Monday, 23 February 2009

Magazine : 23rd February

" ... The new passengers reflect a revolution in Spanish travel. Domestic airlines have lost a fifth of their passengers in the space of a year. And long-distance trains have gained almost a third.
document. This shift is the consequence of an ambitious programme for high-speed rail. The streamlined AVE trains, with their sleek corridors, work tables and spectacular views, are stealing the show ...
... The opening of the Barcelona-Madrid line a year ago marked the beginning of the end of airlines’ dominance. In its first ten months it carried 2m passengers; in 2008 its share of the total market rose from 28% to 38%. Josep Valls, of the ESADE business school, predicts that trains will carry most long-distance travellers within two years ..."

English is Coming. Charlemagne, The Economist (en)
" ... European efforts to resist the rise of the English language have now reached the same point. The latest Anglo-surge comes from the European press, with a dramatic increase in the number of heavyweight publications launching English-language websites, offering translated news stories and opinion pieces ...
... Editors’ motives are a mix of idealism and commercial ambition. Bosses at Spiegel have a political dream to create a platform where “Europeans can read what other Europeans think about the world,” says Daryl Lindsey, who runs the magazine’s international edition. But an English presence is also a “calling card” when pitching to international advertisers. It has proved helpful to journalists seeking interviews with world leaders. Kees Versteegh of NRC Handelsblad talks of creating a European “demos”, but also admits to frustration at publishing some “very fine pieces” in Dutch that the rest of the world never notices ...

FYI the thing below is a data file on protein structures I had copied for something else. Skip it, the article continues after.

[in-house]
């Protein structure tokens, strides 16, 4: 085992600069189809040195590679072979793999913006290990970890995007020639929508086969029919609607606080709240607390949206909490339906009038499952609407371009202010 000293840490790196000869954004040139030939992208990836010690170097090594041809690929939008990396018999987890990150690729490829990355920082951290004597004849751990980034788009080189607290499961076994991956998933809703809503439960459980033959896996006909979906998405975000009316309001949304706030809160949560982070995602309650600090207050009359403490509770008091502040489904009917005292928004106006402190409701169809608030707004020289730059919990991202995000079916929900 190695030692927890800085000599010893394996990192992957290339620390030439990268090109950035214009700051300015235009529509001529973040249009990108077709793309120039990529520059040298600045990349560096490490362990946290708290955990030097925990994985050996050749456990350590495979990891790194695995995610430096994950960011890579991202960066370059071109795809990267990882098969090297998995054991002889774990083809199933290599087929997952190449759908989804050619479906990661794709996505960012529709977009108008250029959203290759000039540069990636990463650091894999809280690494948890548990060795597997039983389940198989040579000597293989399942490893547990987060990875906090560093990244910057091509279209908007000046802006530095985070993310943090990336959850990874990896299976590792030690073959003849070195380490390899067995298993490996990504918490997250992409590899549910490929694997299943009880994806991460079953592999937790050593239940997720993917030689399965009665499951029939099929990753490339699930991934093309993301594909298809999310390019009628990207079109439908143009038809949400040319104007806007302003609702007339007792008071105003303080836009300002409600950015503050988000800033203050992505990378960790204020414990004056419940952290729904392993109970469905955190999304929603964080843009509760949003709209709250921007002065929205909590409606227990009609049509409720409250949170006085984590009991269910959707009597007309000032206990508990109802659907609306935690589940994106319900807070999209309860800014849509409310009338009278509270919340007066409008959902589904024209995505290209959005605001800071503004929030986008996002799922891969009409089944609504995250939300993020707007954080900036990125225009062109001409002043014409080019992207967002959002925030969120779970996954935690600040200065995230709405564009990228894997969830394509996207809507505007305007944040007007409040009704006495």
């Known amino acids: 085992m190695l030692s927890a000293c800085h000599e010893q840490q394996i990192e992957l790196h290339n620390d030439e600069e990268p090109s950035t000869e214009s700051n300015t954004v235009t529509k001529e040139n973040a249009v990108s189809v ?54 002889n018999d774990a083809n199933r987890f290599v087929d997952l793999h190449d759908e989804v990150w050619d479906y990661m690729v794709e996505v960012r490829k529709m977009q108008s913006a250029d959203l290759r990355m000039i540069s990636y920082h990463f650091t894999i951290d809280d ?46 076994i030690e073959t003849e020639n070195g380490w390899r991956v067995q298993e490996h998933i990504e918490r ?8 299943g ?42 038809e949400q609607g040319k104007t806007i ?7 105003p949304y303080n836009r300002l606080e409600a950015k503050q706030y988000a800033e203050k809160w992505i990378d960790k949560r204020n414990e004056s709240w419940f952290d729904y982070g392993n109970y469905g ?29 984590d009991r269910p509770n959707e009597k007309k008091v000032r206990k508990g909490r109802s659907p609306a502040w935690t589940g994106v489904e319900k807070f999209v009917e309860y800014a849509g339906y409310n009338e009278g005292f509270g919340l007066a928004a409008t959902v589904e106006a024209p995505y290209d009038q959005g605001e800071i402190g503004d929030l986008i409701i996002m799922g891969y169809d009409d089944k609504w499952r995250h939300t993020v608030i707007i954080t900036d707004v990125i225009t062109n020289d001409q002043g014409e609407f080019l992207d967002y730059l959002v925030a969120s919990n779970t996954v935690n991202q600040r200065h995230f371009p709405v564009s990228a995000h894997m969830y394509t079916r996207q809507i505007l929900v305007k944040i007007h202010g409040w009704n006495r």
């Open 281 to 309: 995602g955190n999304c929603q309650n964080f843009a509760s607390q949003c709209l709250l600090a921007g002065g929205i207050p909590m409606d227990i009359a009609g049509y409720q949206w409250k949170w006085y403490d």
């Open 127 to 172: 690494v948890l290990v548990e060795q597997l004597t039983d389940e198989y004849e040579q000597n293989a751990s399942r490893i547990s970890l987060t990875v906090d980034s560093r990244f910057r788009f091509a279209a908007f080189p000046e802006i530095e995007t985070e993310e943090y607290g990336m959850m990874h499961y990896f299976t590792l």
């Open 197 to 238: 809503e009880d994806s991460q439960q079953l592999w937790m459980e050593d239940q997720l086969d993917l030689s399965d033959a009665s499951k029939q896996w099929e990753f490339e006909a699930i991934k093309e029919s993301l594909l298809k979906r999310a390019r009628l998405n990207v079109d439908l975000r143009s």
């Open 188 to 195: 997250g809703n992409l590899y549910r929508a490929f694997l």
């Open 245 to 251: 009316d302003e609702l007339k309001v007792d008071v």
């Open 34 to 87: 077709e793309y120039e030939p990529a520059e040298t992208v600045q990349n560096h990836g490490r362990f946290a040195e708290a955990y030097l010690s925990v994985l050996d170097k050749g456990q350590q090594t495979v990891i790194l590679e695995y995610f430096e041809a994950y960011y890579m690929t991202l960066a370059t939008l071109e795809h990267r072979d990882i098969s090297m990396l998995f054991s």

... Thanks to EU enlargement to the east (and poor language skills among British and Irish visitors to Brussels), this is almost always English. That means Britons find it ever harder to justify learning other languages. Even when they do, they have to speak other languages extremely well to avoid inflicting halting French, say, on rooms of fluent English-speakers. And it carries other costs. In Brussels, native English-speakers are notoriously hard for colleagues to understand: they talk too fast, or use obscure idioms. Mr van Parijs has a prediction: Europeans will become bilingual, except for Anglophones, who are becoming monolingual ..."
" ... In the commercial centre of Shrewsbury, on the border between England and Wales, shops are closing one after the other. “All the shops seem to be closing. Even on this street, there’s just Woolworths,” said an alarmed resident in the city's centre. “Extra Personnals is closed down there, and I think there’s a place at the bottom of the hill looking to close" ..."

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